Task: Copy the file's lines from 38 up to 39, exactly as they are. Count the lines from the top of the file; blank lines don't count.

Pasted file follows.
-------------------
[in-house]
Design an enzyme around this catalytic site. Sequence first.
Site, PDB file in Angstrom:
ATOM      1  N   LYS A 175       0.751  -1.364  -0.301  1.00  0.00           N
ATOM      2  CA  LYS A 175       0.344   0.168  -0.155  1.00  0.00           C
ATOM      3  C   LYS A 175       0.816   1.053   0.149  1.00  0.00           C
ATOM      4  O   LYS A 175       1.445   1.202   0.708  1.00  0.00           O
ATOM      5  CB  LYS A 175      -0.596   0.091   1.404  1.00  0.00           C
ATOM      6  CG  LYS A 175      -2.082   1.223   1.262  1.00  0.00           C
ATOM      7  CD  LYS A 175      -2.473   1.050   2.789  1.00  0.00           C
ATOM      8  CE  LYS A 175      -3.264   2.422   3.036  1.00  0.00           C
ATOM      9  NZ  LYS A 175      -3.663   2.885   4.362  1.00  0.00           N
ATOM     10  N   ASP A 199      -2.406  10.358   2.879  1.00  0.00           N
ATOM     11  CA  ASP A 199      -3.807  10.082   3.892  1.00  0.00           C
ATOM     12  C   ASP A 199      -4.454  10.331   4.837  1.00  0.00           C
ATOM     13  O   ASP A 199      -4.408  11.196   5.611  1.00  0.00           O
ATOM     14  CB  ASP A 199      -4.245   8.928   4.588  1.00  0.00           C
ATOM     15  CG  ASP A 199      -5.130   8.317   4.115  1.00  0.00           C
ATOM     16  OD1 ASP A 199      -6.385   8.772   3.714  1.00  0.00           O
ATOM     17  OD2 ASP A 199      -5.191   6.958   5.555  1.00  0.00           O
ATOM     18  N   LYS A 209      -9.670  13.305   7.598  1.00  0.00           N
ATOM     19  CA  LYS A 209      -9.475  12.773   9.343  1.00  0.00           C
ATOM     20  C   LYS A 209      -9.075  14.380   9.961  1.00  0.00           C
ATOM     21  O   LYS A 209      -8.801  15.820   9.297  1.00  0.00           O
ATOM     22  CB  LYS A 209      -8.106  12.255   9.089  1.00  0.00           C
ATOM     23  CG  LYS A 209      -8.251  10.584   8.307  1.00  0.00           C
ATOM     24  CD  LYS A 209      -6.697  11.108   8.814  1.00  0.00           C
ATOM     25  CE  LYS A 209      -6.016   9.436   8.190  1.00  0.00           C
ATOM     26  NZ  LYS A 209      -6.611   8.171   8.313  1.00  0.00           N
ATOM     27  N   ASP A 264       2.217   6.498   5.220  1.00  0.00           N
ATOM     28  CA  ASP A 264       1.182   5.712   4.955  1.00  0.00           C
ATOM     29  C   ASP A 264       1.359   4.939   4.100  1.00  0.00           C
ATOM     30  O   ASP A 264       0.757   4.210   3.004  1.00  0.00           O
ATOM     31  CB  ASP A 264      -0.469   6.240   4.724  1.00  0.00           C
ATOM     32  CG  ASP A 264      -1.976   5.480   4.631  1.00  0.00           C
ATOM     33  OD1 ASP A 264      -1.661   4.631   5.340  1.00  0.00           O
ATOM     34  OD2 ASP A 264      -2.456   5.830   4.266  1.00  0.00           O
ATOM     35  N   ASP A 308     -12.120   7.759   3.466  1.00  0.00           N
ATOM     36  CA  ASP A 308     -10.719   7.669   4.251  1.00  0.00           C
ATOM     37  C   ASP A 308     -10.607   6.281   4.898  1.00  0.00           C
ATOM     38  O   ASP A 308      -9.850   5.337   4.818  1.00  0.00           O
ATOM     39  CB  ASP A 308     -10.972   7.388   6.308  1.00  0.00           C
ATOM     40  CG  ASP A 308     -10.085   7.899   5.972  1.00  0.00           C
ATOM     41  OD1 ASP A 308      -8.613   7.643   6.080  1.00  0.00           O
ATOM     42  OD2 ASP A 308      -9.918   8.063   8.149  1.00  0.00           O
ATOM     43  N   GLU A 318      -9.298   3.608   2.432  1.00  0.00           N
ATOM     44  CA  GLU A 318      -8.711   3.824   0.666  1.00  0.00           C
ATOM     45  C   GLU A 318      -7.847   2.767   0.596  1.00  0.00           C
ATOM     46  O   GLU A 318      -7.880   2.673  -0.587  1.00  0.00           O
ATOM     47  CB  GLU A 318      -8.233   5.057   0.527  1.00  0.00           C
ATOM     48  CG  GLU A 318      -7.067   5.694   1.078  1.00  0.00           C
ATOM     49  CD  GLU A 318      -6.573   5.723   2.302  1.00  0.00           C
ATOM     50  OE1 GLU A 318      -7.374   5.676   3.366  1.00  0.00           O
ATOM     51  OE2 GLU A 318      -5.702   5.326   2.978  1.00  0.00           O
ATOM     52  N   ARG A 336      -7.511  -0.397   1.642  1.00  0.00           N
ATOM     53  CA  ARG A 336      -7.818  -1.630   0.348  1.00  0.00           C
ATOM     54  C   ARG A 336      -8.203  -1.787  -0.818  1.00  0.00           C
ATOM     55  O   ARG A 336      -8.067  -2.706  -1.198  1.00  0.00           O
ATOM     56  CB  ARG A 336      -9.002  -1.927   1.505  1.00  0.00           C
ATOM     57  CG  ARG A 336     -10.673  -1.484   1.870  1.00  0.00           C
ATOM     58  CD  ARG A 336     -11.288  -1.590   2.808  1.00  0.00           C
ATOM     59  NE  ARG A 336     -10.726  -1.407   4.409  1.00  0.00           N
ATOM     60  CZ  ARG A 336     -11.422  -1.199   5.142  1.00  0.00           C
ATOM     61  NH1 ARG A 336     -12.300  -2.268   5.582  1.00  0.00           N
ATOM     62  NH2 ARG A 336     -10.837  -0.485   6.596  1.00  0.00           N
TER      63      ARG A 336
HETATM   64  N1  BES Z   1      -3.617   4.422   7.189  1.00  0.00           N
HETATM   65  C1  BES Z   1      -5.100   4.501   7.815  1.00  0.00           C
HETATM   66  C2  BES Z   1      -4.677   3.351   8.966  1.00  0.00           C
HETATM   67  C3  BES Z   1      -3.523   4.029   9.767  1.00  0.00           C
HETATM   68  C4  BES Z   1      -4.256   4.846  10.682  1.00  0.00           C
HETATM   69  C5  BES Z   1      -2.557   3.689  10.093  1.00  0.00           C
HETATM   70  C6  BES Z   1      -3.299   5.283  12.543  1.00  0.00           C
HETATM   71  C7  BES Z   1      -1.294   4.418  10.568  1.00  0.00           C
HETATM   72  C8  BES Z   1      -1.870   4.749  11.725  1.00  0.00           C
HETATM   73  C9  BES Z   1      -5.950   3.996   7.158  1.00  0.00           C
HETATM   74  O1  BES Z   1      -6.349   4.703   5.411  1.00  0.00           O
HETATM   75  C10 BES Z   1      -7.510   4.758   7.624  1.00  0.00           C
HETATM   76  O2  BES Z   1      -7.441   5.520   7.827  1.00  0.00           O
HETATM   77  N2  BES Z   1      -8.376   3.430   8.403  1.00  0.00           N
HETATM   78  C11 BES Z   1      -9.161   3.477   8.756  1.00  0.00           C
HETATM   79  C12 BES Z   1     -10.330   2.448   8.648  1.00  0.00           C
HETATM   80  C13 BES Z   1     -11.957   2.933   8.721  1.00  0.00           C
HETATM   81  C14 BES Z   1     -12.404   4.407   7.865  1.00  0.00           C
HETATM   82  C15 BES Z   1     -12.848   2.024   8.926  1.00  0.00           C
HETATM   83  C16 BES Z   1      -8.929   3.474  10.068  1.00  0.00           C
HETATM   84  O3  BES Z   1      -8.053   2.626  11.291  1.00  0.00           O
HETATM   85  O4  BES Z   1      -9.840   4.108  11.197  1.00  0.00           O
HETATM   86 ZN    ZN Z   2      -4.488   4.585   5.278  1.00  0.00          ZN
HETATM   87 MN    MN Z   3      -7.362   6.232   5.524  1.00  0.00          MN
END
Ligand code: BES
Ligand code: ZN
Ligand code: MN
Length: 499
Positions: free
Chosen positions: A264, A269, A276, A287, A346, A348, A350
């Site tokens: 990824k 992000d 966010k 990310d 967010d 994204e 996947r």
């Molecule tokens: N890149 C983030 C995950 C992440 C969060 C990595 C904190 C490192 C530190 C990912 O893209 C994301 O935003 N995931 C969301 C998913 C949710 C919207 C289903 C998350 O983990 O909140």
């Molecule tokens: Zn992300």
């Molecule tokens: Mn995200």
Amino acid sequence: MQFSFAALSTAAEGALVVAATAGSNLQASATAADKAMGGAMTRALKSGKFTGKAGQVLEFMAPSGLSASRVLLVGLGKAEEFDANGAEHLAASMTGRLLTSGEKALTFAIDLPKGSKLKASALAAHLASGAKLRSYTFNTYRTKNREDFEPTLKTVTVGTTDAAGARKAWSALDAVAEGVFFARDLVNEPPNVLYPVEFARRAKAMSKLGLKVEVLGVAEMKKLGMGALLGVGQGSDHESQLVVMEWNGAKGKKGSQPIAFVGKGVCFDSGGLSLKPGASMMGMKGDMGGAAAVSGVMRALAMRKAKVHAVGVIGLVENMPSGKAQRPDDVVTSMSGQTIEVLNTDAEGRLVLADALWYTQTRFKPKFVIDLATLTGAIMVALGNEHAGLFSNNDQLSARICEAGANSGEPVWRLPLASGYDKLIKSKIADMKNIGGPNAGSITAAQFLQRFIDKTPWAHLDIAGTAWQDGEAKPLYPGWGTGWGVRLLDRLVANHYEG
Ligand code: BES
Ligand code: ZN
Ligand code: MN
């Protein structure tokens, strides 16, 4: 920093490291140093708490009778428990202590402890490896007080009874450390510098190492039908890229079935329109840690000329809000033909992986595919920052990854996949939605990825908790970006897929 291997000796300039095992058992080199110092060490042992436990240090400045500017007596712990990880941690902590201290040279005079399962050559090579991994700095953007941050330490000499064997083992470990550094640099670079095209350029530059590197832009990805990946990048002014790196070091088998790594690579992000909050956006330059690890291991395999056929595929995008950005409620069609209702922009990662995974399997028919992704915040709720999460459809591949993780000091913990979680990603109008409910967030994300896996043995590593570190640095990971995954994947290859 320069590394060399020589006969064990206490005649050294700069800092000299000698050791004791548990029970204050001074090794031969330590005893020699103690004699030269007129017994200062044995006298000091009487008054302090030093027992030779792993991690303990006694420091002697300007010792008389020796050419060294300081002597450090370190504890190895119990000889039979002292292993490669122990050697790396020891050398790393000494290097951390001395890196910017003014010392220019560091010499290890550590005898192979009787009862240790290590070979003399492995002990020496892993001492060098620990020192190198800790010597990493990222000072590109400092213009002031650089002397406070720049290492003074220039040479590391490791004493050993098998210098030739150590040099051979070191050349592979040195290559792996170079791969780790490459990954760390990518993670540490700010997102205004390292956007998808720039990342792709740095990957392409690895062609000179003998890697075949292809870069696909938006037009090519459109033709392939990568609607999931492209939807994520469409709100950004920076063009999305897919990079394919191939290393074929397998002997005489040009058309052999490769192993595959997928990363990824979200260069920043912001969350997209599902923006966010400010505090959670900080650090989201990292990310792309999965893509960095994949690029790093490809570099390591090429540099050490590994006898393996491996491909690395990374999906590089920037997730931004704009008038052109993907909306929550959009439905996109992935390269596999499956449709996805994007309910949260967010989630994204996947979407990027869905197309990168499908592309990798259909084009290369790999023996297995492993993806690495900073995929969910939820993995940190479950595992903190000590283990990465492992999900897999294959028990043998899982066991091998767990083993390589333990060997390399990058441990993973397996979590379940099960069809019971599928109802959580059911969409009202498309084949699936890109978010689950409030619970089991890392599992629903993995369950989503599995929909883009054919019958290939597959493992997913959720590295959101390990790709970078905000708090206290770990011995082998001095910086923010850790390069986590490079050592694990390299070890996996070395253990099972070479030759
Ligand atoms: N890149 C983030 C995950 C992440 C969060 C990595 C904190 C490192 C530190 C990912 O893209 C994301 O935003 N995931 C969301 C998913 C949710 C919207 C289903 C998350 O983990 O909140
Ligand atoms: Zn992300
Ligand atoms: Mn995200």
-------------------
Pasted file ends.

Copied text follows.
ATOM     35  N   ASP A 308     -12.120   7.759   3.466  1.00  0.00           N
ATOM     36  CA  ASP A 308     -10.719   7.669   4.251  1.00  0.00           C